Monday, July 15, 2019

Contact Sport

While we were on vacation last week, I finally got the chance to read the book that my sister gave me for Christmas - "Contact Sport" by Jim George N3BB. I held off reading it with the intention of bringing it along on vacation. I was not disappointed. This book is his recounting of N3BB's experiences as a driver for the 2014 WRTC Championship, which was held in New England that year.

I enjoyed the book on several levels:

A) It is a book about Amateur Radio, to which I can totally relate. It was an easy read. N3BB is a talented writer and the book was written in a manner so that someone who is totally foreign to Amateur Radio could pick this book up and enjoy reading it. In the same vein, it was not overly simplistic. It held my attention throughout and was a relatively quick read

B) As pretty much a non-contester, I was impressed - VERY impressed with these "Top Guns" who qualified for the Championships. I could never do what they do. I don't have the resources or the devotion to plant my butt in a chair for 24 hours almost every weekend during contest season. These guys can do that and their experience and abilities are just amazing to me. That being said ........

C) As an avid participant in Field Day, on some levels I can relate. I can relate being to being "locked up" in a hot tent for 24 hours trying to make as many CW contacts as possible.  For the first few years of SPARC's Field Day efforts, the CW duties were left pretty much to Marv K2VHW and myself. This year we had a lot of help with that. I am hoping that continues in the years to come. Reading about these guys doing what I do once a year (of course on a much more advanced level than I could ever hope to do - Uber Field Day) was neat, because I totally "got it".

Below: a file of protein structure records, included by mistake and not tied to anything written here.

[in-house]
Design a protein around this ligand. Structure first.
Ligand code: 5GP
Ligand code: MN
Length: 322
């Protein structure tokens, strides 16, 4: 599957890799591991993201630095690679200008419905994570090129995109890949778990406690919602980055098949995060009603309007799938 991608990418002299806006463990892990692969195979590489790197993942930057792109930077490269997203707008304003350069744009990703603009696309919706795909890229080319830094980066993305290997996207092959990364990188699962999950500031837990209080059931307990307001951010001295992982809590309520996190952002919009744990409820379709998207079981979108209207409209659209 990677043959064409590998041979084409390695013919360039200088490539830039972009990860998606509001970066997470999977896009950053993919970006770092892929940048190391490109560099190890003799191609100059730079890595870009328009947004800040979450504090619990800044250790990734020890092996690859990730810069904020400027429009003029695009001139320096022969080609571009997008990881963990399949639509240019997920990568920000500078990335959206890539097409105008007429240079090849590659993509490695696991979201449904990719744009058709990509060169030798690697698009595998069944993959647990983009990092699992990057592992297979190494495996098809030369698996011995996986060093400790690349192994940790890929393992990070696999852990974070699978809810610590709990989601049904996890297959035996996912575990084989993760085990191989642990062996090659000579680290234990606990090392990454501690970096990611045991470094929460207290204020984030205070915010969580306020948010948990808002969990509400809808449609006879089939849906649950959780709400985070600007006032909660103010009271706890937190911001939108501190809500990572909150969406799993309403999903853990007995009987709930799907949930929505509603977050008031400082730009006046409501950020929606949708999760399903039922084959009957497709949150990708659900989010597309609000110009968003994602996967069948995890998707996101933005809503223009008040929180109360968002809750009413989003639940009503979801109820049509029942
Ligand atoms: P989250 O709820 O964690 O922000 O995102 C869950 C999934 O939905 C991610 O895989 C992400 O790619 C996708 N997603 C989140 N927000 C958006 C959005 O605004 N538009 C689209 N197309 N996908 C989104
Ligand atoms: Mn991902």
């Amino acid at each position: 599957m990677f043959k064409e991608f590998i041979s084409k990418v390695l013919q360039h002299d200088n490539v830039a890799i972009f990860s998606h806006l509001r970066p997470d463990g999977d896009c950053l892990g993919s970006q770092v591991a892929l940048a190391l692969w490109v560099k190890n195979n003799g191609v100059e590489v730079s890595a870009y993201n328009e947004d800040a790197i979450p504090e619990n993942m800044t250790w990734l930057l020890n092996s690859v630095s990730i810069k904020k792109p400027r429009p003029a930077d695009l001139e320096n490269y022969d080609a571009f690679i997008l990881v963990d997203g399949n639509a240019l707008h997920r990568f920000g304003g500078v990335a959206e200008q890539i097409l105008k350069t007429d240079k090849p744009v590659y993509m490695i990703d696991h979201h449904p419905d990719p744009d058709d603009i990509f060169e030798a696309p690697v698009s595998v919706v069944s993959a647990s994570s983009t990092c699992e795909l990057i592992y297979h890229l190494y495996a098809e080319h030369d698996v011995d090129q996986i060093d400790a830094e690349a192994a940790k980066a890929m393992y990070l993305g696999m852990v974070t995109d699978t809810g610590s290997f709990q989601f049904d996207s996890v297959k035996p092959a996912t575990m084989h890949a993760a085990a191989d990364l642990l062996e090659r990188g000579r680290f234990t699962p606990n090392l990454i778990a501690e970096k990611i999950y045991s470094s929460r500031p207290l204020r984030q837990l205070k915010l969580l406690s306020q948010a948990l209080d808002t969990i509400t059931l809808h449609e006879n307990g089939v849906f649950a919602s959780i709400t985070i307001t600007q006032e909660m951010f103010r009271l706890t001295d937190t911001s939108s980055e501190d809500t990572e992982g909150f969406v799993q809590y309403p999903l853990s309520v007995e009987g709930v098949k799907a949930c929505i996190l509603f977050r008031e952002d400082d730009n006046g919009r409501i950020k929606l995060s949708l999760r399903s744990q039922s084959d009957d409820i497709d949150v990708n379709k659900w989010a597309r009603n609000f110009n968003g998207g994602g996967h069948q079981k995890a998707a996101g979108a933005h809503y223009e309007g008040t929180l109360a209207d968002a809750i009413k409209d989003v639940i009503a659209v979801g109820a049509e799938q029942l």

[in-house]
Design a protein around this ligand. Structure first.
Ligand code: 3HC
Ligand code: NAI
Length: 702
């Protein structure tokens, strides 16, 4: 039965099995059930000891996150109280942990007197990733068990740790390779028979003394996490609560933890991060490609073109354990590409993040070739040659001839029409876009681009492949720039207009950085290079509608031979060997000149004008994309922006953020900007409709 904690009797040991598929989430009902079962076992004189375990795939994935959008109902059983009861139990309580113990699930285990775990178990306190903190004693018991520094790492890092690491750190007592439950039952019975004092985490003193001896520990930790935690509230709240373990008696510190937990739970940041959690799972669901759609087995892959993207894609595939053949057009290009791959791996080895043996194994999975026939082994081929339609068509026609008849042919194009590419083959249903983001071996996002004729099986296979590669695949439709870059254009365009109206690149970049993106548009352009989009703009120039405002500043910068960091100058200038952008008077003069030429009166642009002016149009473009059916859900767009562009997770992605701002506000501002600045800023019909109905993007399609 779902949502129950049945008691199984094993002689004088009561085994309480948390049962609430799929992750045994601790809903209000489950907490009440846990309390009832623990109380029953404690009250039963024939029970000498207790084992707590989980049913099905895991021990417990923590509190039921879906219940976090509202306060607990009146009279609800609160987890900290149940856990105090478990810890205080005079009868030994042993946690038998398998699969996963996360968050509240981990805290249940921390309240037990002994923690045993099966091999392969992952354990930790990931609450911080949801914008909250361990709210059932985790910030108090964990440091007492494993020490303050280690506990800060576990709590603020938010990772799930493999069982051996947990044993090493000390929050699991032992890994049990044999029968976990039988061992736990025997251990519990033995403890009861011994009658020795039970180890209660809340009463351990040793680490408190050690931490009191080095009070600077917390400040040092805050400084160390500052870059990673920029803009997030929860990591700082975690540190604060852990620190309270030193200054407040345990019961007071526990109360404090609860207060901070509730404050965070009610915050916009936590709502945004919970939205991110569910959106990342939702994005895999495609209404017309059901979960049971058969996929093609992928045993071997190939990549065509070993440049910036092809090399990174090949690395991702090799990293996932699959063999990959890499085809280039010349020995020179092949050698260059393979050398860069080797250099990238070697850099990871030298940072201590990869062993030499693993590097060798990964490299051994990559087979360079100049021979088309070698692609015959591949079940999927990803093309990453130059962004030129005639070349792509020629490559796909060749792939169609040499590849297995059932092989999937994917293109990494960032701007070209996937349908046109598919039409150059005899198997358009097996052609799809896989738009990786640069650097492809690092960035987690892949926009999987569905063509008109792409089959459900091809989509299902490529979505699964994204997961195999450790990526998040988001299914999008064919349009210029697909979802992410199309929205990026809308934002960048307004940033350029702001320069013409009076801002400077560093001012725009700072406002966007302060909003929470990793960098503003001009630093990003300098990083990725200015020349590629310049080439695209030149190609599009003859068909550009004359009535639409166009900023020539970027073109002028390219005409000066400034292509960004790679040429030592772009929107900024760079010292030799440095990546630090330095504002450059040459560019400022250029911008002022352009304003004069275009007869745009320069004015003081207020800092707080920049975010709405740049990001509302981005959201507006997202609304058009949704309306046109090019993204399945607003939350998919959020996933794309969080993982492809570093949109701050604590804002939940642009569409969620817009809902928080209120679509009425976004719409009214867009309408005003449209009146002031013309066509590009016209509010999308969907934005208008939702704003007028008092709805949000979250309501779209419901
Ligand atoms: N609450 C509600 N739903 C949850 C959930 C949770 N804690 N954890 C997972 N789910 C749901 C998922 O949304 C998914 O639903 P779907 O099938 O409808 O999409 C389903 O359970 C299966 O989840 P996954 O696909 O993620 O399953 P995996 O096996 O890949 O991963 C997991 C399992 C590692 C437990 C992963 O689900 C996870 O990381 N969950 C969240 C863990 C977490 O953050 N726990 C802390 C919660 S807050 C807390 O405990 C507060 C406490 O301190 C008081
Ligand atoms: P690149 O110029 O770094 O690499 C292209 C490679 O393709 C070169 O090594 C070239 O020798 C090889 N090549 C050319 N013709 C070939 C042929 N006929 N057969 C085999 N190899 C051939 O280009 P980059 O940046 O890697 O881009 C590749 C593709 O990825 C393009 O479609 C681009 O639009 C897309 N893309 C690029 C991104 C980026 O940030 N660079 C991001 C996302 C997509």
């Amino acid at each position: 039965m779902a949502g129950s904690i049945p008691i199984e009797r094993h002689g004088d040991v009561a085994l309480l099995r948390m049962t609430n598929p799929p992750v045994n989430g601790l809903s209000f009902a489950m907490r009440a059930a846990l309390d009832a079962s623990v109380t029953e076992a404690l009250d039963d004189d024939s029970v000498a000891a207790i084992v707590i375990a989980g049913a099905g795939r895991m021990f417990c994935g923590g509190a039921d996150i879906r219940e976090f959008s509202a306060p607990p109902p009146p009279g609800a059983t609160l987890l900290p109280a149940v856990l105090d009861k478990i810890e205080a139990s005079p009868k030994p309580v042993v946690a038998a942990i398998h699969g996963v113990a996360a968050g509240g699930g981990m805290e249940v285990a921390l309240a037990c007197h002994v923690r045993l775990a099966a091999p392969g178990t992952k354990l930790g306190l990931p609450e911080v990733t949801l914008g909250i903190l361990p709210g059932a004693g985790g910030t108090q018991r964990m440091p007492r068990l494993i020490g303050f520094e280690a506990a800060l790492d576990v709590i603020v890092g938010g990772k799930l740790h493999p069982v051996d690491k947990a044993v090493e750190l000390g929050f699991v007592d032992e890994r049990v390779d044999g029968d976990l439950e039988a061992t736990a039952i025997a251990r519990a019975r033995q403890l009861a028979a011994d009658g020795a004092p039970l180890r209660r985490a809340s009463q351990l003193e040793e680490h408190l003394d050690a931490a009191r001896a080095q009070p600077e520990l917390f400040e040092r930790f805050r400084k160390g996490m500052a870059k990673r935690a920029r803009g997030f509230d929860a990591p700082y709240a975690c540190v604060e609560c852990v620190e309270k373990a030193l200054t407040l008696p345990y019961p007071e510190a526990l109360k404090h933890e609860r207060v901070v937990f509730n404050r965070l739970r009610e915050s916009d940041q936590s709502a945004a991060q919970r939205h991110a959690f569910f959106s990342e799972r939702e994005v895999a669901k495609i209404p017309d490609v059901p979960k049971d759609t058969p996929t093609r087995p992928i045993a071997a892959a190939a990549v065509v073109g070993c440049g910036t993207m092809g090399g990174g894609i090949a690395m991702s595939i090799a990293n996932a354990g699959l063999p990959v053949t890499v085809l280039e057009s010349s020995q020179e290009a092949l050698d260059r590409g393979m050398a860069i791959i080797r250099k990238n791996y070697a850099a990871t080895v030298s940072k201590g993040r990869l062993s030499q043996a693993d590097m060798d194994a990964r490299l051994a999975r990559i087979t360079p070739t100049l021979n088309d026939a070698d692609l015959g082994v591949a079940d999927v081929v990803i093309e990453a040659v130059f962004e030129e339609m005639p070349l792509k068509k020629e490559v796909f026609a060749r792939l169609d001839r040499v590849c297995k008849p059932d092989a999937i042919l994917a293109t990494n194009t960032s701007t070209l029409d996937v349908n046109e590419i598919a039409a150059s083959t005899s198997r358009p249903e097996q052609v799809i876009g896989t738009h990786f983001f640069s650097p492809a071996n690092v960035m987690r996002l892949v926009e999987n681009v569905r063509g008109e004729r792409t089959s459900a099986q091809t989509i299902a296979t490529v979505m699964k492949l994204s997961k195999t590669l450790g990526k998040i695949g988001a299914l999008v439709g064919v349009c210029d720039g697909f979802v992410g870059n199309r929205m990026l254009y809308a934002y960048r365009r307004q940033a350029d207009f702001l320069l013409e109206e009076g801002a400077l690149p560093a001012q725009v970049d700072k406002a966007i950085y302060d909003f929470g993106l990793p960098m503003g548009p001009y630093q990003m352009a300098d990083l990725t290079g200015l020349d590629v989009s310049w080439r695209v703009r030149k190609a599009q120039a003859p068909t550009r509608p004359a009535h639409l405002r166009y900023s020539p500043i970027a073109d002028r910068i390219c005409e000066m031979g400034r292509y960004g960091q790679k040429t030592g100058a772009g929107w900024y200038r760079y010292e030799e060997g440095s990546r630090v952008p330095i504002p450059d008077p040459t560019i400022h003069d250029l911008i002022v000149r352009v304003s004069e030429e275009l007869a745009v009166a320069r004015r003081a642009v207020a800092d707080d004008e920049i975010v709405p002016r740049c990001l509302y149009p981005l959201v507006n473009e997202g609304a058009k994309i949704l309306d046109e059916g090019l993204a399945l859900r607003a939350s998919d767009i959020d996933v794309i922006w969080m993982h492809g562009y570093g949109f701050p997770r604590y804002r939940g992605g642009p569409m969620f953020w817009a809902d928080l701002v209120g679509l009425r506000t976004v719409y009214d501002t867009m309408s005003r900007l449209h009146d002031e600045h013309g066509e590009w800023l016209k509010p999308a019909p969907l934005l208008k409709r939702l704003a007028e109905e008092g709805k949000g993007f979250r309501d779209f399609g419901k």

D) It turns out I actually know one of the major players in the book.  John Laney K4BAI is a familiar call sign in just about all the QRP Sprints in which I participate. I have always looked at John with major respect for his talent and abilities, and his sterling character and reputation for fairness and honesty. To read about someone I know being eminently qualified to act as a WRTC referee made the book somewhat more "personal" and brought it home for me.

E) Chapter 17 was devoted to Morse Code. A relatively short chapter, Jim attempted to explain the "magic of Morse" to those not familiar with the mode. IMHO, this was the best chapter of the book - but then again, I AM biased!

If you get a chance to pick this up in your local library, or order it from Amazon, I would recommend it. It's a fun read about something that all the readers of this blog enjoy - Amateur Radio. I had no idea this book was out there. I thank my big sister many times over for gifting it to me.

72 de Larry W2LJ
QRP - When you care to send the very least!

1 comment:

  1. Hi Larry

    thank you for the recommendation for the book, like you I'm thoroughly enjoying it. I started with Chapter 17!
    Hoping to become proficient in Morse one of these days!

    Mark VK2XMB